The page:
NASA's X-59 'Son of Concorde' gearing up for first test flight

According to statements and images shared by NASA, its experimental X-59 Quiet SuperSonic Technology (QueSST) plane could perform test flights later this year.
Christopher McFadden
Artist's impression of the X-59.

Lockheed Martin Corporation/Wikimedia Commons 

Dubbed the "Son of Concorde," NASA's experimental X-59 is almost ready for its first test flights later this year. Formerly called the  X-59 Quiet SuperSonic Technology (QueSST) plane, the aircraft could usher in a new era of supersonic mass transportation.

This news comes after a few images were shared by NASA showing the X-59 sitting on the "flight line" (the space between the hangar and the runway) at Lockheed Martin Skunk Works in Palmdale, California.

The X-59 can fly at Mach 1.4

The X-59 project was initiated in 2016 to enable flight at 55,000 feet (16,765 meters) and a cruising speed of Mach 1.42 (937 mph/1,508 kph) - nearly twice the speed of a standard passenger jet. Such high speeds will significantly reduce flight durations between destinations. What's more, it can do all this while only producing sounds about as loud as a "car door closing."

To date, the fastest Concorde flight between New York City and London took only 2 hours and 53 minutes, less than half the time it takes a subsonic passenger jet. The implications are noteworthy, as a supersonic flight from New York City to Los Angeles that currently takes around 5 hours and 30 minutes could be reduced to about 2 hours and 30 minutes or even less. However, a mixture of noise pollution, running costs, and high-profile accidents ultimately doomed this incredible aircraft.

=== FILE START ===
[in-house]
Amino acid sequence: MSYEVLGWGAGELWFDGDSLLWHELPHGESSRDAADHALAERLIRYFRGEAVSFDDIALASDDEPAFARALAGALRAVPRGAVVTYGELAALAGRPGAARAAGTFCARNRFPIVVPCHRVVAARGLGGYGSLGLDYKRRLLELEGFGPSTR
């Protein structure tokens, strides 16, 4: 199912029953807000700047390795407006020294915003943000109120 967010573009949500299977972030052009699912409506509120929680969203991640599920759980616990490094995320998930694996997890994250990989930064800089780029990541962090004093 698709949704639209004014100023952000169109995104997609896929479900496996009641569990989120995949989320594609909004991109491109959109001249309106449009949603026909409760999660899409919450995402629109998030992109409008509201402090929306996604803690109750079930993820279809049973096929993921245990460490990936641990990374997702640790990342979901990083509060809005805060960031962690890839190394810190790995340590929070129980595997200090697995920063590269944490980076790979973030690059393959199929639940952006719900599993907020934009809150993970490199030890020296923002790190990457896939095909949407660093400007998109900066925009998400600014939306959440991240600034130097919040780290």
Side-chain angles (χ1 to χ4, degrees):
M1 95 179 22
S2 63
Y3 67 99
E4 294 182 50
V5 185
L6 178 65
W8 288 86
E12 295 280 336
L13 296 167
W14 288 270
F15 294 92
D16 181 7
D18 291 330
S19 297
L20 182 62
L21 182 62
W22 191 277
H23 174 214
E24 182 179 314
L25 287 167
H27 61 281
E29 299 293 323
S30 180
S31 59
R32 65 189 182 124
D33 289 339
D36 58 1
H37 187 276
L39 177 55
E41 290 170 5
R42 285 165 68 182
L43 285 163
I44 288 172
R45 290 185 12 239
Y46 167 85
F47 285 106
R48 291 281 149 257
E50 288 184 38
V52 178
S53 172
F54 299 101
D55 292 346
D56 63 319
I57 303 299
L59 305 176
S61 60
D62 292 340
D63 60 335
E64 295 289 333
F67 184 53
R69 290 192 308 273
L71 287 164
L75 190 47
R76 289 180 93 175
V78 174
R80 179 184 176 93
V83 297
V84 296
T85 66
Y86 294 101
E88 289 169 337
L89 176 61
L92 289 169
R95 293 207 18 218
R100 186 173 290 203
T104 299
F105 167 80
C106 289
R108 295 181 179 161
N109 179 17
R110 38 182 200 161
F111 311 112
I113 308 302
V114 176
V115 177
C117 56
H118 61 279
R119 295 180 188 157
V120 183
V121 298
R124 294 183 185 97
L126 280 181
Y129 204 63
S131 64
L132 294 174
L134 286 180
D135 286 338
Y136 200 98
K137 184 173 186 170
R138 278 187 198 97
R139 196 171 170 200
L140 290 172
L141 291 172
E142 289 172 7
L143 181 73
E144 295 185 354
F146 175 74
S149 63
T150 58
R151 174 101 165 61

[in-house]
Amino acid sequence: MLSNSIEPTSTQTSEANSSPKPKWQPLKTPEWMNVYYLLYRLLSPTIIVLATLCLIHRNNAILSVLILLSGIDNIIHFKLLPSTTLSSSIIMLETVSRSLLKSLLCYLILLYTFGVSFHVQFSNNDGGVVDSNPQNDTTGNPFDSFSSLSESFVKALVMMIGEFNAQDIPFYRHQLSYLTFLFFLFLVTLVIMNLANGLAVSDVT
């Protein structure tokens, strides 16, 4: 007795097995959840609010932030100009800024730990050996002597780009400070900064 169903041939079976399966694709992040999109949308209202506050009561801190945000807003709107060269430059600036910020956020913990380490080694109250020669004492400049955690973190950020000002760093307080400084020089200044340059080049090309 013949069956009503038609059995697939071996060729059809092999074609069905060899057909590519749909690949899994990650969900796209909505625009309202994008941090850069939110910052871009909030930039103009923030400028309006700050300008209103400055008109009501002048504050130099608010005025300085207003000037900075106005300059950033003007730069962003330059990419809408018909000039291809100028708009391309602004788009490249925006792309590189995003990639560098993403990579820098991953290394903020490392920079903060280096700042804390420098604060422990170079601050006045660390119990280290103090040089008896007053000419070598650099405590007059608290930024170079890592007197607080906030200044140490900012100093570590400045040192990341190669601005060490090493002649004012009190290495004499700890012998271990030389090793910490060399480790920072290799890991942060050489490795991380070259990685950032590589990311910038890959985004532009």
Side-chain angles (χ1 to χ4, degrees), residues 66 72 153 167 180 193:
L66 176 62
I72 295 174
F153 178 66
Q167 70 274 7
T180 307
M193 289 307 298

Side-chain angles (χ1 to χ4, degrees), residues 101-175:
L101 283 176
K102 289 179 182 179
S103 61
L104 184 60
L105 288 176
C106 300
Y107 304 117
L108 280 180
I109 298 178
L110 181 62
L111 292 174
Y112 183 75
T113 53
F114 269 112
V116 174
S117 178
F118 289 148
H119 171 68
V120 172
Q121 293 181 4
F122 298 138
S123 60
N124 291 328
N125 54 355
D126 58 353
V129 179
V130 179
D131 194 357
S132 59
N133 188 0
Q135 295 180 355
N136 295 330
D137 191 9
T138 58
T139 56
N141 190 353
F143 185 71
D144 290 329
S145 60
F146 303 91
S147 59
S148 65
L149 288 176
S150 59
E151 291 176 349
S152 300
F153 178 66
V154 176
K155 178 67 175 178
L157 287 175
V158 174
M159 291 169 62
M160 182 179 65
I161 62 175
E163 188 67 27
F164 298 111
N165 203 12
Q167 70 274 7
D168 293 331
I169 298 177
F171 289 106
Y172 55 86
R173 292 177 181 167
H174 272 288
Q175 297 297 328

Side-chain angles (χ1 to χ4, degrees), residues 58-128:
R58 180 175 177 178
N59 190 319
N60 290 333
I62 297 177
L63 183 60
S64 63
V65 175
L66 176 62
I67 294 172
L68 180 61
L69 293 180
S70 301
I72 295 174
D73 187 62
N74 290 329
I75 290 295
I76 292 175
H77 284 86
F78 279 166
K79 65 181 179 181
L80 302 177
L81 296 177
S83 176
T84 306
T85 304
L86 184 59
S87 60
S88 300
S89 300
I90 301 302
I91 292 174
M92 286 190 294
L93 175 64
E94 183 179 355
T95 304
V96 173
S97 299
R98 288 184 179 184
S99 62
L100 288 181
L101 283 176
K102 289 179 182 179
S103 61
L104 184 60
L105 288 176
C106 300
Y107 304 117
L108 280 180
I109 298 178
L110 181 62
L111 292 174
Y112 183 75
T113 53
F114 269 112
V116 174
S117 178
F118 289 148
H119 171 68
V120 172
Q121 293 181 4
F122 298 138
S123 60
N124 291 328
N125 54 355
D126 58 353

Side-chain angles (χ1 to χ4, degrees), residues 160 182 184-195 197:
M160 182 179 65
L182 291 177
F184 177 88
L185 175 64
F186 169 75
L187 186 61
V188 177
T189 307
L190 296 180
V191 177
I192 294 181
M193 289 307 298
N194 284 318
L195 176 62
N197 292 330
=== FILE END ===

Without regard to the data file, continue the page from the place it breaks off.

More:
The X-59 aircraft is testing a technology that aims to dampen the loud sound of the sonic boom when breaking the sound barrier. By reducing the noise to a more subdued "sonic thump," this technology could allow supersonic passenger flights over the continental US, previously prohibited due to noise pollution regulations.

NASA announced this week that the X-59 had been relocated from the construction site to the flight line, marking a significant milestone in preparation for its first and subsequent flights. The team will proceed with a series of crucial ground tests to ensure the aircraft is fully prepared for its maiden flight.

NASA will conduct a test flight of the X-59 at supersonic speed across different communities to gauge their response to the sonic thump created during the high-speed flight. The test results will be shared with US and international regulators, which may pave the way for commercial supersonic flights over land.

Supersonic airliners to return?

"The X-59 will be used to collect community response data on the acceptability of a quiet sonic boom generated by the unique design of the aircraft. The data will help NASA provide regulators with the information needed to establish an acceptable commercial supersonic noise standard to lift the ban on commercial supersonic travel over land," explains Lockheed Martin. "This breakthrough would open the door to an entirely new global market for aircraft manufacturers, enabling passengers to travel anywhere in the world in half the time it takes today," they add.

The X-59 has the potential to create numerous faster routes, not only within the United States but also globally. However, the affordability of a seat remains uncertain.

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